The second, but probably not the last, in a series of cinematic odes to major cities that began with "Paris, je t'aime" in 2006, "New York, I Love You" weaves 10 short, trivial vignettes into one long, irritating whole.
The 11 mostly young directors (Randy Balsmeyer created the transitional segments) and various screenwriters obeyed certain rules, like never fading to black. There were, however, no mandates to create interesting characters or avoid self-indulgence. As a result, even experienced filmmakers such as Mira Nair ("The Namesake") turn in what feel like immature efforts.
In nearly every instance, fine actors spout drivel. Robin Wright Penn approaches Chris Cooper outside a bar: "Have you ever made love to a perfect stranger?" Ethan Hawke chases Maggie Q outside a bar: "That was kind of a powerful, intimate situation just now." Shia LaBeouf plays a hunchbacked bellboy with an unplaceable accent who dotes on a depressed opera singer (Julie Christie). Eli Wallach and Cloris Leachman are the token adorable older couple.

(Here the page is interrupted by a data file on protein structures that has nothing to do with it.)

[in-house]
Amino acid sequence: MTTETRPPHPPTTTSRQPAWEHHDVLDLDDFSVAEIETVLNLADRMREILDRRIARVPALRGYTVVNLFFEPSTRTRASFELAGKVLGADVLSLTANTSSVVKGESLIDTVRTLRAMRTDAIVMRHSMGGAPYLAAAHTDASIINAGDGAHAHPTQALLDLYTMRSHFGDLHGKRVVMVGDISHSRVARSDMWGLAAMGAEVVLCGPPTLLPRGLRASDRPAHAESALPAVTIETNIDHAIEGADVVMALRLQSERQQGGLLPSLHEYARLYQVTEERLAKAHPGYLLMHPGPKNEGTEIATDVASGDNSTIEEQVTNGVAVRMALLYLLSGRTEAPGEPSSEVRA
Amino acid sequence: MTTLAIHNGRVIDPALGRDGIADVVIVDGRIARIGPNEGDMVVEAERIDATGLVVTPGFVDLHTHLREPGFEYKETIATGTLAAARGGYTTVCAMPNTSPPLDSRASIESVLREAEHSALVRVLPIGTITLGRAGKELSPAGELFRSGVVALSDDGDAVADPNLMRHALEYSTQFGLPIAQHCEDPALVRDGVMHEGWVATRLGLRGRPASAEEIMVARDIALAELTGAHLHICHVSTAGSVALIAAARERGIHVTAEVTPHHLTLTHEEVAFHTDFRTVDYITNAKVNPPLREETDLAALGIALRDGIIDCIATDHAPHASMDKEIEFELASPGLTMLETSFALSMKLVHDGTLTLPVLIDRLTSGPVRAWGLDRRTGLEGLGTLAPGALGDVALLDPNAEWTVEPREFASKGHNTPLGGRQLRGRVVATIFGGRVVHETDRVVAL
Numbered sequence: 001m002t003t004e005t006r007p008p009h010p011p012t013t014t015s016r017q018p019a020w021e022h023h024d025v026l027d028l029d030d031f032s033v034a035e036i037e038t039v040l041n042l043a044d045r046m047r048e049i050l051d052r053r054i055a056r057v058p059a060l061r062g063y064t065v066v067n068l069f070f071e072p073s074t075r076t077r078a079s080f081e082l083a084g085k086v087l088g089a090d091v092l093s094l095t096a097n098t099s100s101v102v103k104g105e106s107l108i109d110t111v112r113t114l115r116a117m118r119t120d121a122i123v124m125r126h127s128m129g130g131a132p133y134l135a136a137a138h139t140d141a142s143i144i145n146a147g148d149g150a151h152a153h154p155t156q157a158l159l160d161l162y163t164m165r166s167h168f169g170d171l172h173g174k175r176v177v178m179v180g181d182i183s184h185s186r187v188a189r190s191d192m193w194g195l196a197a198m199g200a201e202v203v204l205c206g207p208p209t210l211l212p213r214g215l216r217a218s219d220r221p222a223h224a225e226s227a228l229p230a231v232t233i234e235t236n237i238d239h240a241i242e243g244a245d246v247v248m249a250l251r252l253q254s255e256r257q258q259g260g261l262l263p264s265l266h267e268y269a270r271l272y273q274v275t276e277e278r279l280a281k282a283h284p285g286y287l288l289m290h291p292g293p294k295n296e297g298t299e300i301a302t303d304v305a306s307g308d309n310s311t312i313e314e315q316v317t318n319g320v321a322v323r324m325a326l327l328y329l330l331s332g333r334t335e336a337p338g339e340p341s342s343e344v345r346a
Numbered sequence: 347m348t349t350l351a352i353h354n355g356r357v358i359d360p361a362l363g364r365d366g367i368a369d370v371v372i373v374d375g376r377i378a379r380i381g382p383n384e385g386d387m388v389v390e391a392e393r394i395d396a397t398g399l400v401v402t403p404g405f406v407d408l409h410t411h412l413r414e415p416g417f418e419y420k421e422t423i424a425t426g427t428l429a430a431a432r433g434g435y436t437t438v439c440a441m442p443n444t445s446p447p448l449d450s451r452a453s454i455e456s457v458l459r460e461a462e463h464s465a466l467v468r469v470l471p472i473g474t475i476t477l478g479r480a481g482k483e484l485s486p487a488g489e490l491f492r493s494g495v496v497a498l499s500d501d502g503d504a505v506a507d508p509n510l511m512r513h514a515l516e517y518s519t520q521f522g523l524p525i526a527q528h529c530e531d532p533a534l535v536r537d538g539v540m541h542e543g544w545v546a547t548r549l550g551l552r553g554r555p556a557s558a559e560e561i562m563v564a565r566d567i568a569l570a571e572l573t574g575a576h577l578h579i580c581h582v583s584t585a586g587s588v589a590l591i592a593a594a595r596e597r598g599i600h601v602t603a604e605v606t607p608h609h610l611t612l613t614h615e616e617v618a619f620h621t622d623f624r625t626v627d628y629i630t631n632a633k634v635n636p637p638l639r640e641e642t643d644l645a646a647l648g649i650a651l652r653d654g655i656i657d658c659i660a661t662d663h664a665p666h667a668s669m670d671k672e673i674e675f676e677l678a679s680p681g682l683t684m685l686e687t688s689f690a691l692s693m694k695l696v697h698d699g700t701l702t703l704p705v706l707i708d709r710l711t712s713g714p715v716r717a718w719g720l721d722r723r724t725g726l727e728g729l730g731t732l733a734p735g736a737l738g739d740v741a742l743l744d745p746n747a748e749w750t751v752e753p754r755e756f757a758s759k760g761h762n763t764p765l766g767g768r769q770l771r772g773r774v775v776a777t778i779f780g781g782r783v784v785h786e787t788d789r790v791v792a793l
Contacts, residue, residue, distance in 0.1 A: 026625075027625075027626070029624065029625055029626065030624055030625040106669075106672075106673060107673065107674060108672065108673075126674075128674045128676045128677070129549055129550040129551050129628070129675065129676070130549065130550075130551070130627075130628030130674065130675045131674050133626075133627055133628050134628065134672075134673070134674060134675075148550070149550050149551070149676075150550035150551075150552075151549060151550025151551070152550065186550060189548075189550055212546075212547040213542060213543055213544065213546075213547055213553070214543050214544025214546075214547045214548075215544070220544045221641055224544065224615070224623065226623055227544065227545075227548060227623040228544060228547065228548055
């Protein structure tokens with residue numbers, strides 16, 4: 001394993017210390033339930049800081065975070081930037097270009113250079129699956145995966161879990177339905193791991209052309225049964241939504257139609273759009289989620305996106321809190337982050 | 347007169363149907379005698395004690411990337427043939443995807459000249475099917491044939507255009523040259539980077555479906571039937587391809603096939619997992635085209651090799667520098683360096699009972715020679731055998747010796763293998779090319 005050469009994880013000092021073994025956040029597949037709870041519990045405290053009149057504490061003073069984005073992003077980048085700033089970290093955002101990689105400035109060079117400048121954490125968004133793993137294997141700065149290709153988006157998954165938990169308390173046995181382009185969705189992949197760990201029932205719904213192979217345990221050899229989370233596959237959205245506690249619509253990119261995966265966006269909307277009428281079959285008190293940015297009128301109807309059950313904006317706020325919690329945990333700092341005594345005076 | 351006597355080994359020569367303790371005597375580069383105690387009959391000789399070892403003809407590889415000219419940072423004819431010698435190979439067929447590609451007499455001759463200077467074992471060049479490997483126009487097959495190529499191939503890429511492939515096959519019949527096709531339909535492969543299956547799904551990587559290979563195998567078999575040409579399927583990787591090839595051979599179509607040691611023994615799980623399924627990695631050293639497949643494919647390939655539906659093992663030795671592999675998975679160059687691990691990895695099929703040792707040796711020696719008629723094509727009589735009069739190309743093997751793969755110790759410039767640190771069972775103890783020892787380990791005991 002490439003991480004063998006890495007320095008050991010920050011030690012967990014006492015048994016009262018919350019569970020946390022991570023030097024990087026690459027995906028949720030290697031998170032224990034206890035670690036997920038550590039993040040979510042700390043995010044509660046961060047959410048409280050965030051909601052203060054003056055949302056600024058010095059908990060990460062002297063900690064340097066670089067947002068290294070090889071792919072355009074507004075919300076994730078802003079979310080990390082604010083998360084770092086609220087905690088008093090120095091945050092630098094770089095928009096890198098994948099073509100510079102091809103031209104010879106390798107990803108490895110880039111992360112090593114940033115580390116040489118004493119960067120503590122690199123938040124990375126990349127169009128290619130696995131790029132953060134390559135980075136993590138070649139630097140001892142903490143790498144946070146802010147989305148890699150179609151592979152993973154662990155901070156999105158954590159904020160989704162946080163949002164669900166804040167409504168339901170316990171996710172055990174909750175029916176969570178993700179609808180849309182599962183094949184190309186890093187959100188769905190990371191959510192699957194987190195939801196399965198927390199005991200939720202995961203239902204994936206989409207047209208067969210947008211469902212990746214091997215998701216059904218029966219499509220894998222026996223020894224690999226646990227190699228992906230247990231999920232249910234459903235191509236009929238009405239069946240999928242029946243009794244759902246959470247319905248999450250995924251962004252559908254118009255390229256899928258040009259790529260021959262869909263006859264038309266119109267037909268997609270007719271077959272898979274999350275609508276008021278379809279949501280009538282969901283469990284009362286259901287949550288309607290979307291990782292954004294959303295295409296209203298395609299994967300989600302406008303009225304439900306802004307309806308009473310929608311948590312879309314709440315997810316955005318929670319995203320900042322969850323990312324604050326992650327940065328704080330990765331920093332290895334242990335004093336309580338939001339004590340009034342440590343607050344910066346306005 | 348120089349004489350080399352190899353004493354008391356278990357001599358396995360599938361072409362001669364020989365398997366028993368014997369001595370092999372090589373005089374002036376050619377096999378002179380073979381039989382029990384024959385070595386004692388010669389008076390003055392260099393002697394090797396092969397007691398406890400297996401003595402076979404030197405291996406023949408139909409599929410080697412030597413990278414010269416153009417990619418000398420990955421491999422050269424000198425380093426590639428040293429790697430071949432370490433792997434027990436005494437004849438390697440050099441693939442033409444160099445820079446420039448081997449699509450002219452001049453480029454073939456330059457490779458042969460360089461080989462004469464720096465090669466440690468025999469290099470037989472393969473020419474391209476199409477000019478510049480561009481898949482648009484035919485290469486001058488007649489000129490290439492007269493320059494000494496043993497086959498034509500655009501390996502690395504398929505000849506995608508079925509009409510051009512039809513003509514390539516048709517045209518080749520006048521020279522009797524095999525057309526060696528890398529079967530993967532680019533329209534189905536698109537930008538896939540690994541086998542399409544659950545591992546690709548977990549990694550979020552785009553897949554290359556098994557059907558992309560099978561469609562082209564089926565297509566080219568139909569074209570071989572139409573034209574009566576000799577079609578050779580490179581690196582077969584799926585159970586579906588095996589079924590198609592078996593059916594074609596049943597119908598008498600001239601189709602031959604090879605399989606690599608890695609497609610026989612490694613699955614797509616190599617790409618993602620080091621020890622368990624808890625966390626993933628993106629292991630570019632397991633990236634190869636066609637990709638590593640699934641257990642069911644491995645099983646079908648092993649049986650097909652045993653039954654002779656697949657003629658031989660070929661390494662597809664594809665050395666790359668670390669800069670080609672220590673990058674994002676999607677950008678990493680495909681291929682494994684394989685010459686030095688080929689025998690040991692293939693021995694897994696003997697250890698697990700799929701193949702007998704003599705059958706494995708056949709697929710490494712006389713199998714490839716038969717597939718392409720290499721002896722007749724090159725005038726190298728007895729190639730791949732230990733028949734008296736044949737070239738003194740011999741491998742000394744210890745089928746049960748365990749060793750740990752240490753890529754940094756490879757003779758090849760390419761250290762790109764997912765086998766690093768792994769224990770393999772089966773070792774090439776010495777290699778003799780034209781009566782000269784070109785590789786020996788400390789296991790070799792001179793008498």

The movie's hip-factor constantly gets in the way, especially when Orlando Bloom promises Christina Ricci dinner at Balthazar and dessert at Pastis. Only the proudly mainstream director, Brett Ratner, with writer Jeff Nathanson (both of "Rush Hour 2"), turn in something approaching entertainment: the story of a high-school boy (Anton Yelchin, of "Star Trek") whose prom date (Olivia Thirlby) turns out to be wheelchair-bound.
For the most part, each segment ends with a simplistic twist; all that's missing is a trumpet going "wah-wah-wah." It's enough to make you hate New York.